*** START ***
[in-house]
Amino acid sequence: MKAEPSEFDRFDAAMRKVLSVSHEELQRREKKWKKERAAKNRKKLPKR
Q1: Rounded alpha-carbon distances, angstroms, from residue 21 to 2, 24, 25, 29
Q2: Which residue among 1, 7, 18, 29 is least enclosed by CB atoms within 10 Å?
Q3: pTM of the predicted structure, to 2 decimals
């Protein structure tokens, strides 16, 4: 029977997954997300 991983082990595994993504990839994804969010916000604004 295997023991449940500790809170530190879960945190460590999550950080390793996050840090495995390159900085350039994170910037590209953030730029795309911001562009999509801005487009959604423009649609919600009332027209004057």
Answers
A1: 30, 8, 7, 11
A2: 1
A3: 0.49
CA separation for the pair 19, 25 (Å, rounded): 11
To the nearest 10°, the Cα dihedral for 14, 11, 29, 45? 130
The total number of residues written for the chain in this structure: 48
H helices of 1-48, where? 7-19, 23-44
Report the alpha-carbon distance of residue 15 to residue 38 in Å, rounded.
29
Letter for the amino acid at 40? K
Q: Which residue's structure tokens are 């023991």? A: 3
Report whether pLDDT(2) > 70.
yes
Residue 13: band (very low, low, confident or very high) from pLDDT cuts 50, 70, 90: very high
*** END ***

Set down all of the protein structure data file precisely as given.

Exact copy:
[in-house]
Amino acid sequence: MKAEPSEFDRFDAAMRKVLSVSHEELQRREKKWKKERAAKNRKKLPKR
Q1: Rounded alpha-carbon distances, angstroms, from residue 21 to 2, 24, 25, 29
Q2: Which residue among 1, 7, 18, 29 is least enclosed by CB atoms within 10 Å?
Q3: pTM of the predicted structure, to 2 decimals
């Protein structure tokens, strides 16, 4: 029977997954997300 991983082990595994993504990839994804969010916000604004 295997023991449940500790809170530190879960945190460590999550950080390793996050840090495995390159900085350039994170910037590209953030730029795309911001562009999509801005487009959604423009649609919600009332027209004057």
Answers
A1: 30, 8, 7, 11
A2: 1
A3: 0.49
CA separation for the pair 19, 25 (Å, rounded): 11
To the nearest 10°, the Cα dihedral for 14, 11, 29, 45? 130
The total number of residues written for the chain in this structure: 48
H helices of 1-48, where? 7-19, 23-44
Report the alpha-carbon distance of residue 15 to residue 38 in Å, rounded.
29
Letter for the amino acid at 40? K
Q: Which residue's structure tokens are 């023991």? A: 3
Report whether pLDDT(2) > 70.
yes
Residue 13: band (very low, low, confident or very high) from pLDDT cuts 50, 70, 90: very high